Reviews

Review: ‘The Widow’ by Fiona Barton

For the past year everyone has been talking about The Girl on the Train, but I tried to read it and didn’t really get into it. I was worried that this book was going to be the same, but I am very glad to say that I think The Widow by Fiona Barton is going to outshine many of the psychological thrillers that have been popular lately.

Synopsis: There’s a lot Jean hasn’t said over the years about the crime her husband was suspected of committing. She was too busy being the perfect wife, standing by her man while living with the accusing glares and the anonymous harassment. Now her husband is dead, and there’s no reason to stay quiet. There are people who want to hear her story. They want to know what it was like living with that man. She can tell them that there were secrets. There always are in a marriage.

This book sat on my shelf for a while, but the clever promo packaging that Penguin Random House used (an evidence bag with a pack of Skittles inside) kept drawing my eyes. I finally decided to read it after going to one of their preview sessions a couple of weeks ago and hearing nothing but RAVE reviews from other booksellers. From the very beginning of the book I was pulled into Jeannie’s world, surrounded by the media, unsure of herself after so many years of silence. She isn’t the most likable character, or the most sympathetic, but you understand how she got this way.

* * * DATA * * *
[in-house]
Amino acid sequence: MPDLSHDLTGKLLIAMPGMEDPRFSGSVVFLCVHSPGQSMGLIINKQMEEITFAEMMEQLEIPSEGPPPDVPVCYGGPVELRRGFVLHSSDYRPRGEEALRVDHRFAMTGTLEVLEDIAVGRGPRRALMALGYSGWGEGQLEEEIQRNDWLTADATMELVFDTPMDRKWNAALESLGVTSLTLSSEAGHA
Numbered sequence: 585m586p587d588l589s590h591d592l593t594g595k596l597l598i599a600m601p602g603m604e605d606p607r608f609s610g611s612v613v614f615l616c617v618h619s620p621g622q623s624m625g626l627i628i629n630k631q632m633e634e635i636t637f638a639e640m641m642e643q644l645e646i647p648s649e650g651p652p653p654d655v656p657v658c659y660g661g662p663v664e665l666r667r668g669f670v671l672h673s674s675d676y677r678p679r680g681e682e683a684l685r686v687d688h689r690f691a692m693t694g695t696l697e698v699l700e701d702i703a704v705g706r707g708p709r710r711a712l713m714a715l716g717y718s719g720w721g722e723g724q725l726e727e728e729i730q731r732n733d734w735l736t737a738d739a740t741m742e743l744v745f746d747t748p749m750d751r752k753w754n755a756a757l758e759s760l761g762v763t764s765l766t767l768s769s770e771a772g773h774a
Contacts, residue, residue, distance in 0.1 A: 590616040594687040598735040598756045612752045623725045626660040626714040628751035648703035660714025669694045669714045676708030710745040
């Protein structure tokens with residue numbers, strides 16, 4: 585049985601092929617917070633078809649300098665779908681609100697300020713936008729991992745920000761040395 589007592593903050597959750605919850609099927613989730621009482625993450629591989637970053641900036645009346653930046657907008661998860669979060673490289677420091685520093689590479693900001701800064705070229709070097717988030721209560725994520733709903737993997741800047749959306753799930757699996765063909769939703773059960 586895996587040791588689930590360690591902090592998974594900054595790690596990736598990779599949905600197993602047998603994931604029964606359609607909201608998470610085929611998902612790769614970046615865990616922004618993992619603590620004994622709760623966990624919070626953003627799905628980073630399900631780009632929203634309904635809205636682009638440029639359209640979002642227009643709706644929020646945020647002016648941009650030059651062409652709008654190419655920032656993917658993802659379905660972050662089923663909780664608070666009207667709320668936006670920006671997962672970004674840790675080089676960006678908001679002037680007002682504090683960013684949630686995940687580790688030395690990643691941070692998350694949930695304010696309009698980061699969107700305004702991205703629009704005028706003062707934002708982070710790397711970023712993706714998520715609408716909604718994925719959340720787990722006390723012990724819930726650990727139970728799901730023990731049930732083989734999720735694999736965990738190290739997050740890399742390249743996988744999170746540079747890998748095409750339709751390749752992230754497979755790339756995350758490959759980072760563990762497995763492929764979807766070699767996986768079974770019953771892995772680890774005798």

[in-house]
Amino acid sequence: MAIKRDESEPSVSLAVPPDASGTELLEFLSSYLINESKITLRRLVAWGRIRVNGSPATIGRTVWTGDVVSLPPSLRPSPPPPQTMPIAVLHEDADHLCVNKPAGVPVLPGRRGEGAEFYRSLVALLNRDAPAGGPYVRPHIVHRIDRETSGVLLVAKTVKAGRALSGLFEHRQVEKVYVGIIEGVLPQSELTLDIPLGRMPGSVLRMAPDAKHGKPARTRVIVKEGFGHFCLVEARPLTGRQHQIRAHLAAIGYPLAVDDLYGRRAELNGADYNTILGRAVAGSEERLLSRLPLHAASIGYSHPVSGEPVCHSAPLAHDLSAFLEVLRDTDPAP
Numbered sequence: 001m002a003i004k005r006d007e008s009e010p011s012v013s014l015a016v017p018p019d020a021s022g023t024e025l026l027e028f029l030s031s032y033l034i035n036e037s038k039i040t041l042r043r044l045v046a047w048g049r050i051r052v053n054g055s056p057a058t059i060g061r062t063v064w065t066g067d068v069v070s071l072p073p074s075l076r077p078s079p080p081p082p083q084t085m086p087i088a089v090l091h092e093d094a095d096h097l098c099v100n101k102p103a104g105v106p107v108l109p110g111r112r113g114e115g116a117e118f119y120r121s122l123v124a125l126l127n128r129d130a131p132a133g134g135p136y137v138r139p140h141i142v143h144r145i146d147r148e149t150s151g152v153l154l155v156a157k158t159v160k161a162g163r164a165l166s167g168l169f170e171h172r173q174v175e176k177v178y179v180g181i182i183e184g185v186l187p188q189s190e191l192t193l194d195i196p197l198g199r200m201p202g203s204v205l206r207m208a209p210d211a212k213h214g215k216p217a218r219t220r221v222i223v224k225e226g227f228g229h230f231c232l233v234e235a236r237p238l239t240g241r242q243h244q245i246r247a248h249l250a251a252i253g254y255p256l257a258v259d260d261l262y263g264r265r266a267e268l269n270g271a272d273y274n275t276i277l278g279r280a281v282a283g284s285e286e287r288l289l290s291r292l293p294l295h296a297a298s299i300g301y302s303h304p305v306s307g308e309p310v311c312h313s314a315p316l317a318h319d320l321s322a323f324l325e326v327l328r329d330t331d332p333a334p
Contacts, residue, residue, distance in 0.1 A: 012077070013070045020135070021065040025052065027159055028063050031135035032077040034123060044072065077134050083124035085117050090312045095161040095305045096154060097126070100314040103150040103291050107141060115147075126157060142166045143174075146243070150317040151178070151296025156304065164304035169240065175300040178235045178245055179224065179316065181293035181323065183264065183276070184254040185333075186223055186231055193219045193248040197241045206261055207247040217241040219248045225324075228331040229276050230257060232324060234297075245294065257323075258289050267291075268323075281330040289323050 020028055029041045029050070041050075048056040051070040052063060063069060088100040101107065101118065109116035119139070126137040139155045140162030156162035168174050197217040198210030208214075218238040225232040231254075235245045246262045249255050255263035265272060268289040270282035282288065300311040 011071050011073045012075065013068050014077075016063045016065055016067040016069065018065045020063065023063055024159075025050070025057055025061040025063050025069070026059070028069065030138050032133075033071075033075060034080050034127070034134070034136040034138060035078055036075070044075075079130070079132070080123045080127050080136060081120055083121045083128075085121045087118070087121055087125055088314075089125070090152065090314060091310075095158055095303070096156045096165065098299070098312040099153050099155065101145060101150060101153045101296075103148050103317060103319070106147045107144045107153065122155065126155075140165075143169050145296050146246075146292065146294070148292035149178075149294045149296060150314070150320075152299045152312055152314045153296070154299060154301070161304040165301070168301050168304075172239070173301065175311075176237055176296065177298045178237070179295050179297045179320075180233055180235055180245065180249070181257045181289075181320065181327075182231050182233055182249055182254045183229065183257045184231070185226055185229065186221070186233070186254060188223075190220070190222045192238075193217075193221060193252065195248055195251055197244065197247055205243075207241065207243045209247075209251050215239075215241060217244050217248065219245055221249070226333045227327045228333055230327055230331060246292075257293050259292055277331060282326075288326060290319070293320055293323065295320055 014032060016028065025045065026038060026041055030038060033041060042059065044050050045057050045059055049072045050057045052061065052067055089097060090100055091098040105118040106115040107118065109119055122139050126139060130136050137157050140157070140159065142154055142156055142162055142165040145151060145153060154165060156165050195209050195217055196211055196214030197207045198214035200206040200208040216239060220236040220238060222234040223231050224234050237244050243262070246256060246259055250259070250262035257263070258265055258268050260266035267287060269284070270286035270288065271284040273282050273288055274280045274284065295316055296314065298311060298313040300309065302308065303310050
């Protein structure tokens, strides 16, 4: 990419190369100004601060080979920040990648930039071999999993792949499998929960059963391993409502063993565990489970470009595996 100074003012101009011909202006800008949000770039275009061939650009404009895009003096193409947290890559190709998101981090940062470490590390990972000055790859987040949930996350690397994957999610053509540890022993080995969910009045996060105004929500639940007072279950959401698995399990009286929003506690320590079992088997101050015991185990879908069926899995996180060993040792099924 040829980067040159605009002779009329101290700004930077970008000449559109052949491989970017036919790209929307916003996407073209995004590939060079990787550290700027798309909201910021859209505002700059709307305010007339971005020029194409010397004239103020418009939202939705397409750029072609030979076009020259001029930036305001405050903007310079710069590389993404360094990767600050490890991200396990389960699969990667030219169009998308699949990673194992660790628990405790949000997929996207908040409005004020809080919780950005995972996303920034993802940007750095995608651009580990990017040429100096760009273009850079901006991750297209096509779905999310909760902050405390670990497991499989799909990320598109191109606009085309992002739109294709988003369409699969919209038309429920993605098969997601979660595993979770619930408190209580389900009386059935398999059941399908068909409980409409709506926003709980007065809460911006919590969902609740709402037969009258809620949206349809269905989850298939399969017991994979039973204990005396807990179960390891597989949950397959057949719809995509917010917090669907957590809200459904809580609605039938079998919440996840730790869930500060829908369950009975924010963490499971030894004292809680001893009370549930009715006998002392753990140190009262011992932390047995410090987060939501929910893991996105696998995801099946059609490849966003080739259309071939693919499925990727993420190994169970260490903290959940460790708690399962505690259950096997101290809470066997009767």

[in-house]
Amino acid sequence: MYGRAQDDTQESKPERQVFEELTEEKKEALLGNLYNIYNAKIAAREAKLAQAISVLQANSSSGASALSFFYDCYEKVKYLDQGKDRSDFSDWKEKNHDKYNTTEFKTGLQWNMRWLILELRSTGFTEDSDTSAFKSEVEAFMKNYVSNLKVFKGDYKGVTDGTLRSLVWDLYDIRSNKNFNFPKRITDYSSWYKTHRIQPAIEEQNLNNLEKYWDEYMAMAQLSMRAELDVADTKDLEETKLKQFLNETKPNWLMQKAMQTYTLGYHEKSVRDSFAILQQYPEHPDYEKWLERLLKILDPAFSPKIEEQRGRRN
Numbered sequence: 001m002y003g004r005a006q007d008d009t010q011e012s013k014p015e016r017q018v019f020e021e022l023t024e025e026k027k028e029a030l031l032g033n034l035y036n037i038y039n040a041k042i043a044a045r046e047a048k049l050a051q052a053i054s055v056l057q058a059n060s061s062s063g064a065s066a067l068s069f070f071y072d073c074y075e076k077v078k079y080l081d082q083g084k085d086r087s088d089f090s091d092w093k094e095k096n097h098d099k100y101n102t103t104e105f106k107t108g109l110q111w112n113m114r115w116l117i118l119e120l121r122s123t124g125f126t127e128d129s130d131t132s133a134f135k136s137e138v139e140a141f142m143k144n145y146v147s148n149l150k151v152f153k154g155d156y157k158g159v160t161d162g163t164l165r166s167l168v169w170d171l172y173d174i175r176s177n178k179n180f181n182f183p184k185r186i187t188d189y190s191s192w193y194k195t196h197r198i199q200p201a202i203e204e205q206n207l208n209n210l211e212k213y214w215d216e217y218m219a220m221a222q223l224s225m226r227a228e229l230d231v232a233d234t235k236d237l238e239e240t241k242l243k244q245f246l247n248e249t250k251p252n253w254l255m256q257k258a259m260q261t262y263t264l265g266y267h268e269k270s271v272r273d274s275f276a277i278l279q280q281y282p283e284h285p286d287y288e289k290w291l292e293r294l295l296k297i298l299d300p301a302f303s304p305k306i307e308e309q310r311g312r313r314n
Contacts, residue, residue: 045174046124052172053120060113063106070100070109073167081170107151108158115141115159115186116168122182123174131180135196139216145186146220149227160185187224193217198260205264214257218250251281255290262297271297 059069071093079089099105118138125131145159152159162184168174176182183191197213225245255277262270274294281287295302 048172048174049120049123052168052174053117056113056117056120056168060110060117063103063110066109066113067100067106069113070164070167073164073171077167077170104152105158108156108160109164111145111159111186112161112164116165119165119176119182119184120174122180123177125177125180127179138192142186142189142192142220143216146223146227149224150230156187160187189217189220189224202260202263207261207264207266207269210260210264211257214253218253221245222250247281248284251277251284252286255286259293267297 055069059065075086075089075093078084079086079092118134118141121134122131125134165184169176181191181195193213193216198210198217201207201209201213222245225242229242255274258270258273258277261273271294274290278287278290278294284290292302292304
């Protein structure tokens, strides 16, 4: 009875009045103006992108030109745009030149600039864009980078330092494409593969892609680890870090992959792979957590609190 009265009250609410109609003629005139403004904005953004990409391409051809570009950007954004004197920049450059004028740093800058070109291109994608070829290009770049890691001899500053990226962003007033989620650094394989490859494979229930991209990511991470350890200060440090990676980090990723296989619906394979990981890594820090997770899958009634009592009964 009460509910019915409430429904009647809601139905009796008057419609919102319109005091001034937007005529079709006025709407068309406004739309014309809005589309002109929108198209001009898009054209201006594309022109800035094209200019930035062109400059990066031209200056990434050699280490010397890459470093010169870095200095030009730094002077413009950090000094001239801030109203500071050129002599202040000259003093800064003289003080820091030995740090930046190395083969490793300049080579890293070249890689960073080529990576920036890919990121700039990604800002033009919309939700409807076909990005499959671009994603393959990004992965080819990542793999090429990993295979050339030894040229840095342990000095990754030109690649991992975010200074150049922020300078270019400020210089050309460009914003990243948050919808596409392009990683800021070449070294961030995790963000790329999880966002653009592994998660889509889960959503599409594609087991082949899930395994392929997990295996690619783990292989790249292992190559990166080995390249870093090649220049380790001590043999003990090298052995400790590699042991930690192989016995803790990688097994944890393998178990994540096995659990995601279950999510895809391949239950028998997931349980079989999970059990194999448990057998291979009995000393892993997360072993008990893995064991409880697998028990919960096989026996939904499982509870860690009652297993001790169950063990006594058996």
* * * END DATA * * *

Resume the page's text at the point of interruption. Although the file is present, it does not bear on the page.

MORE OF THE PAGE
My only complaint about this book is that the last few chapters didn’t move as fast as I hoped. I found myself skimming some of the chapters for important information that would lead me to the conclusion. I desperately wanted to know the truth and really didn’t care about what was happening to the other characters. Perhaps some people would enjoy those loose ends being tied up, but for me it felt like padding at the end.

Overall, this book is an easy read that will keep you turning pages. I know it’s going to be a big hit with the average reader, and book clubs will be lining up to read it. People who are expecting something deep and insightful will be unimpressed, but I don’t think they are the intended reader for this type of book anyway.

LC rating: three-stars (liked it)

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